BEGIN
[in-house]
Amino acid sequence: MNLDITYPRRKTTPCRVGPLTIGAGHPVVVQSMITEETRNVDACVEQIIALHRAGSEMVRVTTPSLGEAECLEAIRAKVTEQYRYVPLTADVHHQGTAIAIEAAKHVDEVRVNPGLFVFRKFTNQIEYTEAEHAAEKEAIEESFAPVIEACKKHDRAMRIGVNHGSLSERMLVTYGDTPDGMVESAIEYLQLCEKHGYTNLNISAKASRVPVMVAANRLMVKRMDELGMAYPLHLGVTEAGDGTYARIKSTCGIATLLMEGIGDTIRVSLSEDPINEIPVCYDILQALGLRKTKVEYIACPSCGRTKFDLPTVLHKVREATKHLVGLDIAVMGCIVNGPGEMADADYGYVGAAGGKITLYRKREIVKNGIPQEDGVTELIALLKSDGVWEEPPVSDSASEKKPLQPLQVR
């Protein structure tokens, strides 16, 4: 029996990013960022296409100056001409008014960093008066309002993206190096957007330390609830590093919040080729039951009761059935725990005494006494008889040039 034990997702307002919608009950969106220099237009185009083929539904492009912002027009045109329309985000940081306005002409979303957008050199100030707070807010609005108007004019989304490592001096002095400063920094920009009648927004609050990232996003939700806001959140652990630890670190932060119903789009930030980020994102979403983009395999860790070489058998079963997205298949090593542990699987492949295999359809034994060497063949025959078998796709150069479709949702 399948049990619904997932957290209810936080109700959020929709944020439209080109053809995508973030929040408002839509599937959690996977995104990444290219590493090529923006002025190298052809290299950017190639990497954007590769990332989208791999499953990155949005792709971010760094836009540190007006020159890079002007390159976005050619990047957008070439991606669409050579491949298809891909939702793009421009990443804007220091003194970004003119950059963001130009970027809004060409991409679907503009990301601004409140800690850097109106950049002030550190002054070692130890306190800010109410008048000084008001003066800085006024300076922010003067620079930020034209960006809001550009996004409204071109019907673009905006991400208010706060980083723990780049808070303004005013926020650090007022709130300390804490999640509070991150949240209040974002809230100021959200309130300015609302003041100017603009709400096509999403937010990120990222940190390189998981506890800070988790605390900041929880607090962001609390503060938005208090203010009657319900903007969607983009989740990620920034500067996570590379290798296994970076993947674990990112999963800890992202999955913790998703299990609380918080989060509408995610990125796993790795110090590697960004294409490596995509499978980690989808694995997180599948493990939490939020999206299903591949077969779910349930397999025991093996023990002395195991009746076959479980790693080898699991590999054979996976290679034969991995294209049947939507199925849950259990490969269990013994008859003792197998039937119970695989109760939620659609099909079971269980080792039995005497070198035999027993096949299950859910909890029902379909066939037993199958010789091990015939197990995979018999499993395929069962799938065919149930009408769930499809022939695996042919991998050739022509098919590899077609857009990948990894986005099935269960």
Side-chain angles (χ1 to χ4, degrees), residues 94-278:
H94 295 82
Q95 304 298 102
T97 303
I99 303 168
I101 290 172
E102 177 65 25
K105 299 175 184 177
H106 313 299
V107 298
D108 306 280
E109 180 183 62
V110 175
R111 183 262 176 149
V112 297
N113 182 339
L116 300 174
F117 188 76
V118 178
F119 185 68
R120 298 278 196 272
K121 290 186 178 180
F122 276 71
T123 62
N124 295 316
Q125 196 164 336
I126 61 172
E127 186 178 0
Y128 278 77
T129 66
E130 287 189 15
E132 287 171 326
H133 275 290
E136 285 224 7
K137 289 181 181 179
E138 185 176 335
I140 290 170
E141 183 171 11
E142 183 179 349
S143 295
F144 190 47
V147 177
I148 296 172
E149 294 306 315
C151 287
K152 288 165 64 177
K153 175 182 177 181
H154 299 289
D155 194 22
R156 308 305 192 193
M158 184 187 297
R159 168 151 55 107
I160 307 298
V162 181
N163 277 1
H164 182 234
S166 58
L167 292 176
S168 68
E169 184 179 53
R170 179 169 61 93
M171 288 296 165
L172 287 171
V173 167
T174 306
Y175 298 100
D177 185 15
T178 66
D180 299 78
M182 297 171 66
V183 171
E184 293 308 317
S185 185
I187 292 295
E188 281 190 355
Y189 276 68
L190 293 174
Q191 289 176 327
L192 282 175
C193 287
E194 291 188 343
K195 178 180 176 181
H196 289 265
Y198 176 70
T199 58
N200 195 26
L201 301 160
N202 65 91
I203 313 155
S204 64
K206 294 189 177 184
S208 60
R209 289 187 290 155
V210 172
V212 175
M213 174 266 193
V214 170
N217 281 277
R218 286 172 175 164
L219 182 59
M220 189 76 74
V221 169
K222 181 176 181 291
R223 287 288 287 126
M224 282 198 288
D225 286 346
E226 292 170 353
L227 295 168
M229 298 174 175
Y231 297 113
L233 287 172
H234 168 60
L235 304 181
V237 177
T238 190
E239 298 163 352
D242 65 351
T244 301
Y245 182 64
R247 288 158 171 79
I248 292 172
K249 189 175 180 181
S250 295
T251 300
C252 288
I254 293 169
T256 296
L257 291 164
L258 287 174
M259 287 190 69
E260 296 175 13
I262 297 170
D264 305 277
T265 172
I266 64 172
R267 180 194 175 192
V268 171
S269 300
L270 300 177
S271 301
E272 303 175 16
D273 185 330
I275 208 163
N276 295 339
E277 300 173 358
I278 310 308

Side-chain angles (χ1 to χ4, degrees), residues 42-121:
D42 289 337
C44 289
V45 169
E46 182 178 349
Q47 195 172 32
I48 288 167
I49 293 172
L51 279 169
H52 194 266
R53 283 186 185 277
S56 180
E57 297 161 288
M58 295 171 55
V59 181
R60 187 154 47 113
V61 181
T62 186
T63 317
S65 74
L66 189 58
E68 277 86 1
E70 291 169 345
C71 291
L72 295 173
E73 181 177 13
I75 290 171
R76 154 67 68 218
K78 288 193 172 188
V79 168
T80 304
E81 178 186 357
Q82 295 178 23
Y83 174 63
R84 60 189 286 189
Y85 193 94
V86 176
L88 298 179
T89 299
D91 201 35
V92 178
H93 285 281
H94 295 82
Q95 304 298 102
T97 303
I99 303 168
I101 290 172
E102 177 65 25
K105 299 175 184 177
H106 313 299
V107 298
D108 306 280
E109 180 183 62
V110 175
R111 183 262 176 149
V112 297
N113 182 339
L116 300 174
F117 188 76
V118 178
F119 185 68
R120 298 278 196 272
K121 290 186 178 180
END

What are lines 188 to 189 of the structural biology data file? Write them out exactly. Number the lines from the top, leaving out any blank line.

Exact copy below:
T89 299
D91 201 35